We don’t have to be afraid here.
What creates a witch? An evil that takes hold of willing vessels yearning to do his/her demonic master’s bidding or a populace’s mass fear that turns mankind’s own evil against those who are different than them and therefore a threat to the status quo? If you’re a believer in the occult, some version of the former is probably at the forefront of your philosophies on supernatural powers in the real world. And if you aren’t, the latter’s perspective provides clarity as to the type of persecution performed by those in control (religious- and/or patriarchal-based) that has permeated our civilization for millennia. While giving practitioners physical form is the more prevalent and colorful way to artistically depict witchcraft, writer/director Lukas Feigelfeld‘s debut feature Hagazussa chooses the road less traveled.
That doesn’t mean he isn’t also willing to blur the line between objective and subjective truth, though. The topic is too complex to ignore the fact that the aforementioned differences to status quo go beyond superficiality. Clergymen did rile up congregations against headstrong women daring to fight against the conservative template of life set before them—thinly veiled means of suppression and injustice to keep the rabble in check. Where those instances of excommunication and church-sanctioned murder were steeped in political, socio-economic, and bigoted values (fear of losing authority), however, other incidents were born from a fear of the unknown (mental illness). Because those cases only grow worse with an increase in volatility and abuse, they often become “evidence” of a power outside the realm of human possibility.
So while strange old men in the 15th century alpine village where Feigelfeld’s story is set may warn a woman (Claudia Martini‘s Martha) and her young daughter (Celina Peter‘s Albrun) not to stay out too late with the pagan goddess Perchta roaming the woods, other townsfolk might believe they have already been taken by her—bellies slit to be replaced by demons under her command. What then must go through a little girl’s mind when men in animal masks threaten her with death? And how could she combat their vehemence when her mother takes violently ill only to be found in the snow covered by snakes and maggots? Gradually the vitriol spat her way leaves a mark, her exclusion from the group becoming her fault rather than theirs.
Fast-forward a few years and Albrun’s (Aleksandra Cwen) identity becomes irrevocably tethered to what these neighbors say. Her voice is stolen, pride extinguished, and survival left hanging by a thread. Does it therefore matter who her baby’s father is when everyone calls her a witch who was taken into the forest and impregnated by Satan’s spawn? No. Truth becomes as much a story as those lies because there’s but one woman who knows it while everybody else spins their devilish yarns of occultish nightmare. So when Swinda (Tanja Petrovsky) unusually lends Albrun a hand by introducing the potential for friendship, it serves as a godsend that cannot help putting a smile on her goatherd pariah’s face. If revealed false, however, the resulting descent towards madness would prove catastrophic.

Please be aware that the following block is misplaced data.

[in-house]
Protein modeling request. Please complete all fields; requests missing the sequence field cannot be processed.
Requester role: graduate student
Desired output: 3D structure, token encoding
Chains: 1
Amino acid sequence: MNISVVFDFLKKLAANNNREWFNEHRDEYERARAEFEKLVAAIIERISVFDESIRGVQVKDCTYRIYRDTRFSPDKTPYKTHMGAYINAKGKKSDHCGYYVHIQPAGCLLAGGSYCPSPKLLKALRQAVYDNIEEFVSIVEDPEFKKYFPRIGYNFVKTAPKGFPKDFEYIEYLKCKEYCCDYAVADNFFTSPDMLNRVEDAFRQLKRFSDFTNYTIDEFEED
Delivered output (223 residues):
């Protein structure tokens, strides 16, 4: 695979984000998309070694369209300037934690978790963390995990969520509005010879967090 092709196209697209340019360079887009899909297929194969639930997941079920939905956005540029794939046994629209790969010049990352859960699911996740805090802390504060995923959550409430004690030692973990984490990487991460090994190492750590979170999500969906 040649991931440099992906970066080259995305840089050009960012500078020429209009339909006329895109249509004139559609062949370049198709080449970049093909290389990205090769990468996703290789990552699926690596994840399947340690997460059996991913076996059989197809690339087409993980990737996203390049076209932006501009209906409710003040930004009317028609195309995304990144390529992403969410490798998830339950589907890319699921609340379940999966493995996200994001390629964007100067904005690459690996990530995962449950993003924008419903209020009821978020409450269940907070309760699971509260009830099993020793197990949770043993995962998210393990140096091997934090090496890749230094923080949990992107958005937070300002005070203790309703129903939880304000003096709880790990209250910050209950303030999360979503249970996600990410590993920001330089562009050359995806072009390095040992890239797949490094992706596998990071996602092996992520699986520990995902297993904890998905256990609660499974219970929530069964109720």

It’s this devolution of sanity that Feigelfeld focuses upon because that’s where the internal strife of his lead character can be confused with external treachery. He splits Hagazussa into four chapters to do this. “Shadows” is where the young Albrun is confronted by the demons of society warping reality until she cannot escape the darkness cast upon her. “Horn” is her experience with deceit and vengeance, a cruel authenticity standing at the back of those who harm her and the ways in which she attacks them back. “Blood” is a wordless transformation of sorts wherein the chaos surrounding her all but vanquishes the thin hold she still had on the real world. And “Fire” showcases the blindingly distraught rage of PTSD and the quiet destruction wrought from it.
The front half can thus feel a bit laborious when compared against the faster-paced hellscape of its back. This is where the dialogue resides—sparse as it is—and where exposition is plentiful to intentionally mirror Martha and Albrun’s lives with augmentation courtesy of the former’s skull calling to her in the night. Mariel Baqueiro‘s gorgeous cinematography gets you through the lulls alongside Mmmd‘s moody score, but there are vastly fewer moments of truly unforgettable visual experimentation than what still awaits. “Blood” is conversely magnificent enough to render the whole worth checking out alone. Albrun’s journey through the trees to a dark swamp of jumping frogs before her submergence fades into abstract colors bursting within a translucent haze of water is as beautiful as it is unsettling.
Cwen’s performance matches the production value to earn our undivided attention. Her little grin when Swinda drops by unannounced sticks as much as her scream towards the end. But while she and the aesthetics would usually be enough for effusive praise, I can’t shake the thought that Feigelfeld needed to tighten things up more. A second viewing might actually alleviate this reaction since I’d better know what’s coming. Dropping us into this archaic era without sufficient context for Albrun and the town’s strained dynamic makes it tough to gain the necessary traction to understand we’re building to something rather than approaching a clean break. Knowing she isn’t a witch beyond the psychological toll of being called one goes a long way towards appreciating the arduous lead-up to impending hallucinatory horror.
[1 & 2] Aleksandra Cwen as Albrun in HAGAZUSSA. Courtesy of Doppelgänger Releasing.
 Aleksandra Cwen and Tanja Petrovsky as Albrun and Swinda in HAGAZUSSA. Courtesy of Doppelgänger Releasing.